Sugar is emerging as one of the most prominent investment risks for the global food and beverage industry. Science has linked high sugar consumption to obesity and Type 2 diabetes at a time when obesity rates are rising and healthcare costs for governments are growing.
Globally, 39% of adults worldwide are overweight1. The number of obese adults doubled between 1980 and 20142. China is expected to have the highest number of obese children in the world by 20253. There is already three times the number of teenagers in China with diabetes than in the US4.
In fact, obesity alone accounts for 21% of healthcare spending5 in the US and in the UK, 10% of the NHS budget is spent on Type 2 diabetes6.
A long-term trend toward health and wellness is already limiting the growth profile of companies manufacturing and selling products with high sugar content. This would deepen materially if any of the following occurs:
Increased public concern from medical and public health organisations about the health impact of sugar consumption and greater awareness from consumers about the sugar content of food.
Clear numbers on the cost of delivering health services to combat obesity. This would create the political will to impose sugar taxes, nutrition labels and/or advertising restrictions in an attempt to reduce consumption.
Scientific evidence that sugar is the cause of particular diseases that cause death, which may enable large-scale litigation.
There are early signs that the first two are occurring. The World Health Organisation halved its recommended proportion of daily calories from sugar to six teaspoons a day in 2015 and publicly called for governments to impose sugar taxes on beverages for the first time in 20167.
There is evidence of increasing numbers of consumers making healthier food choices. Soft drink sales for some listed companies are flat lining or trending lower and processed food purchases per capita are down in some markets.
Some countries and states are already responding with sugar taxes. There are now soda (soft drink) taxes in Mexico, the UK, Philadelphia in the US (the first large US state to impose a tax on soda), the city of Berkeley in California, and there is a current proposal in Ireland. Thirty-three cities in the US have attempted to introduce some form of soda tax. There are restrictions around advertising to children in Mexico and France and nutrition labels that include sugar content are being imposed for the first time in the US.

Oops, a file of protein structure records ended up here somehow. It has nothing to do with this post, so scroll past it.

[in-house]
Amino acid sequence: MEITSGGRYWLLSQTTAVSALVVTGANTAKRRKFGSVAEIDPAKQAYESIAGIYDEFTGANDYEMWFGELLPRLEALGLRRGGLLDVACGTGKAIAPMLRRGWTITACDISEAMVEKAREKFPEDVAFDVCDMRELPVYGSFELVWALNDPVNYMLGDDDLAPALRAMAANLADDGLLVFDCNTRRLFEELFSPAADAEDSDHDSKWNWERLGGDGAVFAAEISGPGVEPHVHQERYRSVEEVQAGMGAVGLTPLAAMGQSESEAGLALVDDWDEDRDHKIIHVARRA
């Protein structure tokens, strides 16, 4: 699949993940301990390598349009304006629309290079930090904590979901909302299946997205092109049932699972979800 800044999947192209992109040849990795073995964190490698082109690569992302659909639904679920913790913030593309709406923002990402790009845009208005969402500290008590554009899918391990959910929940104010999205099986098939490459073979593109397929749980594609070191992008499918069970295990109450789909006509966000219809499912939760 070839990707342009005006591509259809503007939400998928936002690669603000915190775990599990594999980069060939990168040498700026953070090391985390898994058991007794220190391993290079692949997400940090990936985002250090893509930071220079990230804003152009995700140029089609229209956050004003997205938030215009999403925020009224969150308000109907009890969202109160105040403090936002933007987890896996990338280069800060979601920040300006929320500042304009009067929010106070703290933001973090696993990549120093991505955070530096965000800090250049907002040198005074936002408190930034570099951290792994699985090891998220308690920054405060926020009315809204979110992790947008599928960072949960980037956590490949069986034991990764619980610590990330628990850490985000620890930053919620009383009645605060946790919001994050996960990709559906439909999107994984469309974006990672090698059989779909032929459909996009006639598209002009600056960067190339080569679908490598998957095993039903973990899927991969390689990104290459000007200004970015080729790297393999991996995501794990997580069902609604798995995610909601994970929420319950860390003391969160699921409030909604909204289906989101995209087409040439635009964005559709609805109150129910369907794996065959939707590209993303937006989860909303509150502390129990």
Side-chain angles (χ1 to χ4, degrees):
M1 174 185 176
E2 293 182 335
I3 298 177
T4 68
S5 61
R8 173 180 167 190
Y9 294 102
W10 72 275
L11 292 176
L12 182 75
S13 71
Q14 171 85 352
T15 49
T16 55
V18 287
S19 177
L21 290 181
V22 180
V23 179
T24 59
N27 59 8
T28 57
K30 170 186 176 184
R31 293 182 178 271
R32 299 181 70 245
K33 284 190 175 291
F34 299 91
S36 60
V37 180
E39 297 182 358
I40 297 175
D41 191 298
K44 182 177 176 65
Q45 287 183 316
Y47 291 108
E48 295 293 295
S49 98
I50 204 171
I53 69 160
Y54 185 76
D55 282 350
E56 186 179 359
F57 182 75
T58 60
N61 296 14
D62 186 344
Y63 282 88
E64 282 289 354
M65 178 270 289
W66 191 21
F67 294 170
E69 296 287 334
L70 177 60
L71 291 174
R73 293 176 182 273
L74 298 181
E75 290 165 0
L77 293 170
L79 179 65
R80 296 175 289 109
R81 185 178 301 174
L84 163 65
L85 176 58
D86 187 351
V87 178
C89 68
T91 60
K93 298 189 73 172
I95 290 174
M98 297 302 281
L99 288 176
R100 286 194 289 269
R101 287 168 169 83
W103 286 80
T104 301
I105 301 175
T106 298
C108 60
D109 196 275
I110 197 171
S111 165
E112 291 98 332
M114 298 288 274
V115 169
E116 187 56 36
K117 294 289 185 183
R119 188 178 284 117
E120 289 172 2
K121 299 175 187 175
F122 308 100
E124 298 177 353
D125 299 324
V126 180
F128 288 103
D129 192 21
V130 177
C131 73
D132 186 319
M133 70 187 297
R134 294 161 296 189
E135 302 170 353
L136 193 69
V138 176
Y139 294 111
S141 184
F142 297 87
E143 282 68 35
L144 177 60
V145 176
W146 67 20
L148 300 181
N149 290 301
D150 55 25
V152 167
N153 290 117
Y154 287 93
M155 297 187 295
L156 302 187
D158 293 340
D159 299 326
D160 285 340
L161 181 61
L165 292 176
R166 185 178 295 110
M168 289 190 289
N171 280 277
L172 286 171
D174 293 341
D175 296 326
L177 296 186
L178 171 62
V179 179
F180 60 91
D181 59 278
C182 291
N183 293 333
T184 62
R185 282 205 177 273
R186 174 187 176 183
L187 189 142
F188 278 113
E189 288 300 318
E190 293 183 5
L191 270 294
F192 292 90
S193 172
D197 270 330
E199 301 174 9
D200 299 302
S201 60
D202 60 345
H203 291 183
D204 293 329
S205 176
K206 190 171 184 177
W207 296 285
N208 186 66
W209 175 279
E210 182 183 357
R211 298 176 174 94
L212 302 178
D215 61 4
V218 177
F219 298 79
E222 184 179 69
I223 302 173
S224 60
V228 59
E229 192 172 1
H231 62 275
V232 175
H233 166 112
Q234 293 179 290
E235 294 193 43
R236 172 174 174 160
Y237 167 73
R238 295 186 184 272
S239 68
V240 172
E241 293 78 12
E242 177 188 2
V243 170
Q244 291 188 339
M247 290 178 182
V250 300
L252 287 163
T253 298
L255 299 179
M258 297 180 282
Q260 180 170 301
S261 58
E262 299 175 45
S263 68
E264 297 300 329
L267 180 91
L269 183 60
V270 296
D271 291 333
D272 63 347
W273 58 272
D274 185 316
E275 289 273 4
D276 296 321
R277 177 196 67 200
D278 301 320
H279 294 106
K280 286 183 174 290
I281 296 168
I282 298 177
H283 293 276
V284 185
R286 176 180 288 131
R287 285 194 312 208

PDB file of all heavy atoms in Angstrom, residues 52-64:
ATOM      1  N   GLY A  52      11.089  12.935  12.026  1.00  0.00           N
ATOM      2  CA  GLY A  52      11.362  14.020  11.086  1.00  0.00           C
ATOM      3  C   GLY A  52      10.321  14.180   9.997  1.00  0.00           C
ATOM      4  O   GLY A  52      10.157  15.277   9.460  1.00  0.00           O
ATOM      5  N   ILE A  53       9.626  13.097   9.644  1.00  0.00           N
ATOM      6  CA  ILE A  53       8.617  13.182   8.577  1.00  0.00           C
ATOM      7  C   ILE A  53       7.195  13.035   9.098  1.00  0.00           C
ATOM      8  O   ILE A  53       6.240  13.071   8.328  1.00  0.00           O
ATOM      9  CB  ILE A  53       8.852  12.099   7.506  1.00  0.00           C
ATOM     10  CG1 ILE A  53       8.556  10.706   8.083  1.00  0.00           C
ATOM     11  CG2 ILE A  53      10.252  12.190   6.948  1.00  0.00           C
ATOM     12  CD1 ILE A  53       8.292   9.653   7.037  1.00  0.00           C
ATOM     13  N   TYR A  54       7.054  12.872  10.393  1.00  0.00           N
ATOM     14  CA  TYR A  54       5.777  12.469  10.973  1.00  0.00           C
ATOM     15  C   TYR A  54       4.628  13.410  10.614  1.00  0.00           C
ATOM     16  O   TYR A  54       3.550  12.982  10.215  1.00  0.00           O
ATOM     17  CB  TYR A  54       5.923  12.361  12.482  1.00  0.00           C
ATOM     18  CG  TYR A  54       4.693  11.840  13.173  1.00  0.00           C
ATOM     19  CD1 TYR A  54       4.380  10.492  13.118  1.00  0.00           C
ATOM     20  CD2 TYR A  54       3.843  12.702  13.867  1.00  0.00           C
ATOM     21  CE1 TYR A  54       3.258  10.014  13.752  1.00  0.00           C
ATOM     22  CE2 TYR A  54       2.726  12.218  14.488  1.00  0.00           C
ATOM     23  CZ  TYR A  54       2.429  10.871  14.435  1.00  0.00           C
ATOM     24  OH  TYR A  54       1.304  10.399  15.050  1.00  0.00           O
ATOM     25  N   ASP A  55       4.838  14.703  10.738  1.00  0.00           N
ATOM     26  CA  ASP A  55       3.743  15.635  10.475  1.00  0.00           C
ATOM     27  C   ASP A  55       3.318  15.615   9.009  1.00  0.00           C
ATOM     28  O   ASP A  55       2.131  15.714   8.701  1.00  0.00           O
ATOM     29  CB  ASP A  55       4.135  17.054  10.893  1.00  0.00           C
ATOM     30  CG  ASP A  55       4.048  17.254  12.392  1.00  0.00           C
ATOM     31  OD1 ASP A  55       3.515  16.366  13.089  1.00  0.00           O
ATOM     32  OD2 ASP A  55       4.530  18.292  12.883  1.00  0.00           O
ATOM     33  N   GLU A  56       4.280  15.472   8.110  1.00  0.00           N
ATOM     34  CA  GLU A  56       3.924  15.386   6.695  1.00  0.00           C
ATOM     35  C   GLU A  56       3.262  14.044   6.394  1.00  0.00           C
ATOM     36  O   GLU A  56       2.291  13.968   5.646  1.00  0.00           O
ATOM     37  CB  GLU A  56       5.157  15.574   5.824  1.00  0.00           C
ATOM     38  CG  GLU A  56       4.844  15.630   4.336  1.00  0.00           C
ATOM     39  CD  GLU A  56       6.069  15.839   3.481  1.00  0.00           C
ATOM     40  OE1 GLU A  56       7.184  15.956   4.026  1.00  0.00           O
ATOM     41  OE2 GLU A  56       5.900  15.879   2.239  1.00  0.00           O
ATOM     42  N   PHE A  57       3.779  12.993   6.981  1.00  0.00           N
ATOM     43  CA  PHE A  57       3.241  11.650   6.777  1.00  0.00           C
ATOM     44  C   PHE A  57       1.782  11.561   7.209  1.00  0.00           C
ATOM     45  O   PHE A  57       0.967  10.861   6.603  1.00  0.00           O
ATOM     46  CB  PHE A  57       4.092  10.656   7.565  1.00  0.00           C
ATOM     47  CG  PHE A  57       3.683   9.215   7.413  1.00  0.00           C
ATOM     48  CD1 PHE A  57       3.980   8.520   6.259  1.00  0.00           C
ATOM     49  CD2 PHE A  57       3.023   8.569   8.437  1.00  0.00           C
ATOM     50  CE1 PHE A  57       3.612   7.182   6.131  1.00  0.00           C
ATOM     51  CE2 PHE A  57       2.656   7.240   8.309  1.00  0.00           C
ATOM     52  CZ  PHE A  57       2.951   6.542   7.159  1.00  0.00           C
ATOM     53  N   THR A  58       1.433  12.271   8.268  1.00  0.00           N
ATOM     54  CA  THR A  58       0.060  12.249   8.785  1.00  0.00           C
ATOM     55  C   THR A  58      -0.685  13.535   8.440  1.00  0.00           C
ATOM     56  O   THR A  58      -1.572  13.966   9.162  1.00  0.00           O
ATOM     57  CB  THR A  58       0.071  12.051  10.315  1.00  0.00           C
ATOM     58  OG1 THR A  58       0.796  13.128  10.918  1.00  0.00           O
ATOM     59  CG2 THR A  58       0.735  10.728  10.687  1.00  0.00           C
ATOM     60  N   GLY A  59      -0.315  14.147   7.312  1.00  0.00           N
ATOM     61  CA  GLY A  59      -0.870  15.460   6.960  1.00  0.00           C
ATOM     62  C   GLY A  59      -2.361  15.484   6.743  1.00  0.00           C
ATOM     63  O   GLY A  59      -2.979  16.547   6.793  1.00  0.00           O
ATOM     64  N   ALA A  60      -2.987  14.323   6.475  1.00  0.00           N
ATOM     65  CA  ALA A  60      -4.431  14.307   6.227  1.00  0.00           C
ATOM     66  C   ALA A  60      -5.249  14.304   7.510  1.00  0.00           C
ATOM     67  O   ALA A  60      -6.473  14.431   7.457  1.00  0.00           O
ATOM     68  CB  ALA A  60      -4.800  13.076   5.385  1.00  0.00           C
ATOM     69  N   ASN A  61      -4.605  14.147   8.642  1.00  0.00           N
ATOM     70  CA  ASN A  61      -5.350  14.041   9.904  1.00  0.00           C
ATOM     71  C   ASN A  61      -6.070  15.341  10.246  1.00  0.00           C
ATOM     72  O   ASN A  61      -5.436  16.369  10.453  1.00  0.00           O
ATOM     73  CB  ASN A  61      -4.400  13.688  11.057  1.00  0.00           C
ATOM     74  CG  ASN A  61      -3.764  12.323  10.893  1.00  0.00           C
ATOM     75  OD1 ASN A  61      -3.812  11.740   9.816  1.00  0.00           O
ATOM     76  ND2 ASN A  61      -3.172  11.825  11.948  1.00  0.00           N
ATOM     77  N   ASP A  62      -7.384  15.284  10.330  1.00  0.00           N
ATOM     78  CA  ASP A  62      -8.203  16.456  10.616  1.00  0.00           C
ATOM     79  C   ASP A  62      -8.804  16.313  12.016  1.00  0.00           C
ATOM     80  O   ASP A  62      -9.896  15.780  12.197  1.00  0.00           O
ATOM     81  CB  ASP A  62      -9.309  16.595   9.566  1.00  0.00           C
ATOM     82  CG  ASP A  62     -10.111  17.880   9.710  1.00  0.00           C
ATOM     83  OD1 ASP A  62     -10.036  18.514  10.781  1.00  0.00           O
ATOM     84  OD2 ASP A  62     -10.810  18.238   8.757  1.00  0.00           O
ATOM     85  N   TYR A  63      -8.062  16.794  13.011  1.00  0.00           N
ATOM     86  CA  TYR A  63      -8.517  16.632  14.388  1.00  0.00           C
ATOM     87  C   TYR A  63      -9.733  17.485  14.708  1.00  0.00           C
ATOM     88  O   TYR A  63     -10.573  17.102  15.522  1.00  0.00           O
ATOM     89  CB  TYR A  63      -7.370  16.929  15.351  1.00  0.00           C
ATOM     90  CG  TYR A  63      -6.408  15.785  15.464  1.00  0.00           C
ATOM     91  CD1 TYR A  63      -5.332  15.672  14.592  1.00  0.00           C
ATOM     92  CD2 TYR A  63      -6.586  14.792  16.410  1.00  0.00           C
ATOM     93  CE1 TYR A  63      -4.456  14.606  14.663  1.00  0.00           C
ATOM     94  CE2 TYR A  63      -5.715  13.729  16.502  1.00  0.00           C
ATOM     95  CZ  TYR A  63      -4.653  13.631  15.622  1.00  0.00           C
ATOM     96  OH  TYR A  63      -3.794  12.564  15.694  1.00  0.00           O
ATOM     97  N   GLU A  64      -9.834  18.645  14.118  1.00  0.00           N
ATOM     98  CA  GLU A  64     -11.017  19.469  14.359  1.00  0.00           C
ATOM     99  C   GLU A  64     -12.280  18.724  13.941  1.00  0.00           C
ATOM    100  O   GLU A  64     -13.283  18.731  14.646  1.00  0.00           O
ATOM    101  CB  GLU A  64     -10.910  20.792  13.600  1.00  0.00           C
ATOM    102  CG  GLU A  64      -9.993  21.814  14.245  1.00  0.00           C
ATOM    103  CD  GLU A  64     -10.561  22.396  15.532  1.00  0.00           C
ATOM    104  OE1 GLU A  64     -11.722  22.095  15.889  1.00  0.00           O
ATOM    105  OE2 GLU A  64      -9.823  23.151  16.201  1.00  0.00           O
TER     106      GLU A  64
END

In Australia, the Greens have a soda tax on its policy platform and the party has said it will introduce a private senator’s bill by the end of 2017 if the Federal Government does not move to introduce one of its own.
While the major parties in Australia do not yet have plans to introduce any form of soda tax, the public discussion generated by the possibility of a soda tax has the potential to reduce consumption given that it shines a spotlight on the issue and accelerates consumer education about the health impacts of sugar.
We believe these discussions will step up a notch during 2017.
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Source: AMP Capital 7 April 2017
1 World Health Organisation Obesity and Overweight fact sheet, June 2016
2 As above.
3 Planning for the worst: estimates of obesity and comorbidities in school-age children in 2025 by Lobstein & Jackson-Leach, Pediatric Obesity, September 2016
4 S. Yan, J. Li, S. Li, B. Zhang, S. Du, P. Gordon-Larsen, L. Adair, B. Popkin The expanding burden of cardiometabolic risk in China: the China Health and Nutrition Survey, Obesity Reviews Volume 13, Issue 9, September 2012
7 World Health Organisation Fiscal policies for diet and the prevention of noncommunicable diseases – Technical meeting report, published October 2016
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